Dementia and Creativity- 5 tips to ensure more creativity

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Dementia and Creativity- 5 tips to ensure more creativity

Posted on March 26, 2012

Being engaged in different aspects of art, such as singing or story telling, can assist people with dementia or Alzheimer’s in expressing themselves creatively. Many times a person with dementia or Alzheimer’s will find the ability to access emotions or deep thought through arts that would not be able to be expressed otherwise. Singing or performing a song for instance could have the potential to tap into long term, or short term, memories just as seeing a familiar photograph may do for you.

One witness to this creative concept is Carrie McGee. McGee is the community and access programs coordinator for MoMA (Museum of Modern Art) in New York City. McGee and MoMA have a special program underway that works with Alzheimer’s patients and brings them together with the museum’s contemporary arts program. McGee stated that when beginning the research on Alzheimer’s and dementia, there were numerous talks about negative symptoms and behaviors that could often be expressed by the individuals who suffered. However, through the process she realized that engaging them intellectually and emotionally through the art work, produced a receptive mood and allowed for a positive interaction to where they began to mirror some of the emotions and expressions back to her.

Another witness to the positive effects of art and dementia is one of the leading experts on dementia and creativity, Dr. Bruce Miller, Director of The Memory and Aging Center at UCSF (University of California, San Francisco). Dr. Miller has had many experiences working with artists who suffer from neurodegenerative disease and other forms of dementia. Through their artwork he has been able to track the development of the disease and the effects it has on creative expression, noting that some types of dementia enhance creative output.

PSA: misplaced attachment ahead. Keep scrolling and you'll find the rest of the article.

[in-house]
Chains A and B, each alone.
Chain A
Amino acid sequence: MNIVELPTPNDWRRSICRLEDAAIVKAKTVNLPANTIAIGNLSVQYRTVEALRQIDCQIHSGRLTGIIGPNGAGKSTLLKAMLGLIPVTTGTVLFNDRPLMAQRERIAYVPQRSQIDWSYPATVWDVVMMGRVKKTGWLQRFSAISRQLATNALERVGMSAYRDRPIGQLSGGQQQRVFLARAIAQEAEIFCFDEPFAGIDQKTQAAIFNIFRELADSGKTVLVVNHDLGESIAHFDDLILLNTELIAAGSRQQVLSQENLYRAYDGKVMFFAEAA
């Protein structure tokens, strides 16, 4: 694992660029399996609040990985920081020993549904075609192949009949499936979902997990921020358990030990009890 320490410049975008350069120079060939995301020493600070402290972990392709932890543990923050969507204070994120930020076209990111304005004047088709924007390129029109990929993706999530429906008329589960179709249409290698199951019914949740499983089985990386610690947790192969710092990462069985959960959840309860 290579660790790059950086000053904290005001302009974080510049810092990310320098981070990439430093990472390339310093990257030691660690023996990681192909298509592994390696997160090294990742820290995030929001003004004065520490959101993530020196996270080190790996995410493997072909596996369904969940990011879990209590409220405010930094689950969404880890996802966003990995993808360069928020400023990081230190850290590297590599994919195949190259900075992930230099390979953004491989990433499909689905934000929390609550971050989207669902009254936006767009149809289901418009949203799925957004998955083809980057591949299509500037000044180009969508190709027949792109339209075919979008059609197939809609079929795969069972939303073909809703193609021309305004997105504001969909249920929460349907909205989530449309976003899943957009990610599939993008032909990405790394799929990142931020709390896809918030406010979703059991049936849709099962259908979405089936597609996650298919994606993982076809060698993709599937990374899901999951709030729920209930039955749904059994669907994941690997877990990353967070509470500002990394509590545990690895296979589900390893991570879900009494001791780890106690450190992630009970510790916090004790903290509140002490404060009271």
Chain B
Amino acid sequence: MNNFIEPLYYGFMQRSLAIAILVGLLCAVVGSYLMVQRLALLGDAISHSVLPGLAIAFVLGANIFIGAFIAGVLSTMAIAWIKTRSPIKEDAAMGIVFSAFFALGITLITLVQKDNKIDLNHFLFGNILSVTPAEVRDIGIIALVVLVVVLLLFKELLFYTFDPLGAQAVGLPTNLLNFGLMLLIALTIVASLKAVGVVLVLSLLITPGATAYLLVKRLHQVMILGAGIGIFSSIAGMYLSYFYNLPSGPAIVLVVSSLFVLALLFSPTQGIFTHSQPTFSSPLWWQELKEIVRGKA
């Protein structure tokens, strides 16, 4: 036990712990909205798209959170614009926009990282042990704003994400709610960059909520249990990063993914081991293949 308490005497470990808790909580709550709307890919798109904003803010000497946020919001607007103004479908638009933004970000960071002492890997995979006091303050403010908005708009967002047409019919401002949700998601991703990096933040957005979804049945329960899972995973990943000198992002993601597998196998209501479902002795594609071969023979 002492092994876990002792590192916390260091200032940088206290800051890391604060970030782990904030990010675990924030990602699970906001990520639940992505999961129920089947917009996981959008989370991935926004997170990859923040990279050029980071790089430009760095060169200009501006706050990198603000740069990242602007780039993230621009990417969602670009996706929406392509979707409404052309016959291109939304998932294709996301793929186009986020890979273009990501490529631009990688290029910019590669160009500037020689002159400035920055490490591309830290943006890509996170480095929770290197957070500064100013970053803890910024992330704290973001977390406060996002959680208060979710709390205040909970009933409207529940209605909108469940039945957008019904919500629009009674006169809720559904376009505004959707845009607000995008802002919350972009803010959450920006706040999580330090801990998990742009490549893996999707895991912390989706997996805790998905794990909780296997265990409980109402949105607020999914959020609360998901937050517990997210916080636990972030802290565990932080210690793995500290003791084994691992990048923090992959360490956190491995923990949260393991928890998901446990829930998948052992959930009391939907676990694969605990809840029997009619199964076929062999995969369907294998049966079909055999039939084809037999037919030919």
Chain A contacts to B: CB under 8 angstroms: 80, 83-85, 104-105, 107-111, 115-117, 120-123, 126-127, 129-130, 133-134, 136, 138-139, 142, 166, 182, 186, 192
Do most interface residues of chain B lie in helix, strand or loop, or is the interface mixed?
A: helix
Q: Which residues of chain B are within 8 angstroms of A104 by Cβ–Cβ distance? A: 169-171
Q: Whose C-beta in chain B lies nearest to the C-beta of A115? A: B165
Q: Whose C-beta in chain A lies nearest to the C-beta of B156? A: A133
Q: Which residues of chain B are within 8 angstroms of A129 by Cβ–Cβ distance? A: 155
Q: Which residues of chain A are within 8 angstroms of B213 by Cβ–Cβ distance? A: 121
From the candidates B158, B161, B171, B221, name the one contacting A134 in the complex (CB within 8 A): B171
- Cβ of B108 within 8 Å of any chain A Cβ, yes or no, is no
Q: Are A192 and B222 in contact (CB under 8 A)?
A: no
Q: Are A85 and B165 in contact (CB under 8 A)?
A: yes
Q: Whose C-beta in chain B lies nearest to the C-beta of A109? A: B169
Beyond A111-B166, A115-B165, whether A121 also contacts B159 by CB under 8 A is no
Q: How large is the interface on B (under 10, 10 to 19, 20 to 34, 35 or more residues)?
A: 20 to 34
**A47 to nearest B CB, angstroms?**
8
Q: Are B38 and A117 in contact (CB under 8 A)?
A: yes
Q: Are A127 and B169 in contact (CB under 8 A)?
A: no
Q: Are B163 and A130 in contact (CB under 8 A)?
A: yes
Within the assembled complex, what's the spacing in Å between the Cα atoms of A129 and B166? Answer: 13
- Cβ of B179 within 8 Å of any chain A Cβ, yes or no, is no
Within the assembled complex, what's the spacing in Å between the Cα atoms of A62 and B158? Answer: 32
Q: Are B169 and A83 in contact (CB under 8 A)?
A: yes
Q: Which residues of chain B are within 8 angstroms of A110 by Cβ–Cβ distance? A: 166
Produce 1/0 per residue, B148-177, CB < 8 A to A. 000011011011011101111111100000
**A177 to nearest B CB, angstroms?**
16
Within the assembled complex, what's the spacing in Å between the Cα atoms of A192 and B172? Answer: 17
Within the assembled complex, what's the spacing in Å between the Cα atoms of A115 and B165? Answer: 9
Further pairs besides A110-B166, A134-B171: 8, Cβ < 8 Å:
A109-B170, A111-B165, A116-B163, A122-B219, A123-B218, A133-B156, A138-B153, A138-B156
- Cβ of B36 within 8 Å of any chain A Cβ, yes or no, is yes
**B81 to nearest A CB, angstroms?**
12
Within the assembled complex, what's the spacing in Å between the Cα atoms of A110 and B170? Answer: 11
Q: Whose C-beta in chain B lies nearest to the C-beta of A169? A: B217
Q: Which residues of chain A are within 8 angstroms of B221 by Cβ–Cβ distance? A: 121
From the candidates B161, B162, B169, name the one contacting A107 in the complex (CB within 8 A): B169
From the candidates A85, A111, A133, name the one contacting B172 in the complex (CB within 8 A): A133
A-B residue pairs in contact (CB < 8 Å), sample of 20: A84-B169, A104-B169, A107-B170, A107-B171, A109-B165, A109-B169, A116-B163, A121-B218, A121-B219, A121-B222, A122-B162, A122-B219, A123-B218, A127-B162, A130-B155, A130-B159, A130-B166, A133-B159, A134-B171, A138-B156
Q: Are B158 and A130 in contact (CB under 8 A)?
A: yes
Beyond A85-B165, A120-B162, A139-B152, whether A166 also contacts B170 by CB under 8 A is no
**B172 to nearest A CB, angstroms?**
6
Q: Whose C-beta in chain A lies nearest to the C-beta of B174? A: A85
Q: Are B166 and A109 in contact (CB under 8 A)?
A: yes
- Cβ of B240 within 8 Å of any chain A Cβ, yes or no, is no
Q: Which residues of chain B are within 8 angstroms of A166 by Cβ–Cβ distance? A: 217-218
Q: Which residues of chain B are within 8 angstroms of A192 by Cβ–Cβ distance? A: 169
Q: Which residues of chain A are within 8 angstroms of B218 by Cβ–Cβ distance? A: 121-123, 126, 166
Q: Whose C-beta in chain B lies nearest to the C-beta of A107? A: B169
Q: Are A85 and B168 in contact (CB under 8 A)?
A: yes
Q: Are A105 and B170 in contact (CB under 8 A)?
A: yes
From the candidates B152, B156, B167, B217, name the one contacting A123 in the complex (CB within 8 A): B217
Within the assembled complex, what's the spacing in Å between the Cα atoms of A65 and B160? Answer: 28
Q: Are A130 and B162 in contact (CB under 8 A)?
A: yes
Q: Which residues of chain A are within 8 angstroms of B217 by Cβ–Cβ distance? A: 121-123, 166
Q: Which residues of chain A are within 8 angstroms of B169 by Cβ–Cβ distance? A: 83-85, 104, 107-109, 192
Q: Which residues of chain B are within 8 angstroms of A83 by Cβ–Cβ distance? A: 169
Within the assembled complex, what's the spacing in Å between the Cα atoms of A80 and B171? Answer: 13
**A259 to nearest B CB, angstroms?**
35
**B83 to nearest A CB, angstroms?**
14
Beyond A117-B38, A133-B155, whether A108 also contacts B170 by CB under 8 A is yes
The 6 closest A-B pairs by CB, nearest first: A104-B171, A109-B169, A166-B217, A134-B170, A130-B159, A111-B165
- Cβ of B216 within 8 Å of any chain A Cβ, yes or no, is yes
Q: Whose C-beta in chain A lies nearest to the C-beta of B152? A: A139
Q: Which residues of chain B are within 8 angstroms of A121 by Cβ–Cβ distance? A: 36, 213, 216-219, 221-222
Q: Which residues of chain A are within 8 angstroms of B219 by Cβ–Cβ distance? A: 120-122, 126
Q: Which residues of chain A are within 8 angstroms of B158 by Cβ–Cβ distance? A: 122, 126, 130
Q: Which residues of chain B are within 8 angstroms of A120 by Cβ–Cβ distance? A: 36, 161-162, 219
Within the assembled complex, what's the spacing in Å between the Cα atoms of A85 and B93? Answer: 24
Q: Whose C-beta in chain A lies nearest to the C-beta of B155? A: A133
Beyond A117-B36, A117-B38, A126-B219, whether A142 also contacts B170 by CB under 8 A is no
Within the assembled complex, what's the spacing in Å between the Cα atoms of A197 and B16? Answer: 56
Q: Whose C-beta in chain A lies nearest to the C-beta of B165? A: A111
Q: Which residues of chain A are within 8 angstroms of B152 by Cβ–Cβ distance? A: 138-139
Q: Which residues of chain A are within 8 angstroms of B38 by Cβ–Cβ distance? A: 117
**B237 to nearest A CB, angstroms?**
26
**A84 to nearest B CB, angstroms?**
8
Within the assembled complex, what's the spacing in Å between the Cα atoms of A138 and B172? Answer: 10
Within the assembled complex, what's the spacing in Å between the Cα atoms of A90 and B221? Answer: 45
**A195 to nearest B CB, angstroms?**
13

As healthcare professionals it is important to know that expression through art can assist in improving the quality of life for those who suffer from forms of dementia and Alzheimer’s, by helping them to share some of the gifts of their imagination. Allowing them to use their creativity will also give caretakers a chance to enhance their quality of life by finding areas of strengths within their patients’ minds. Creative expression can also promote a sense of confidence and relief by enabling patients to access deep emotions of memories or possibly guiding them in the direction to do so.

So next time you think that coloring or story telling with those suffering from Alzheimer’s and dementia is pointless, remember that “The world is but a canvas to the imagination.”  — Henry David Thoreau

Try some of these tips to enhance creativity within the minds of Alzheimer’s and Dementia sufferers:

  1. Ask probing open ended questions when viewing artwork or while painting such as “What are the people in this picture doing?”
  2. Create a “No wrong answer” atmosphere; meaning that any creative input or thoughts are good ones.
  3. When painting or drawing try playing light music in the background that may trigger a memory or an emotion and encourage more creativity from within.
  4. Watch for nonverbal expressions. People with dementia may not have the right words but emotions can come through gestures and behaviors. So validate their feelings.
  5. Most importantly, focus on what the person can do rather than focusing on some of the abilities that have been lost through progression of the disease.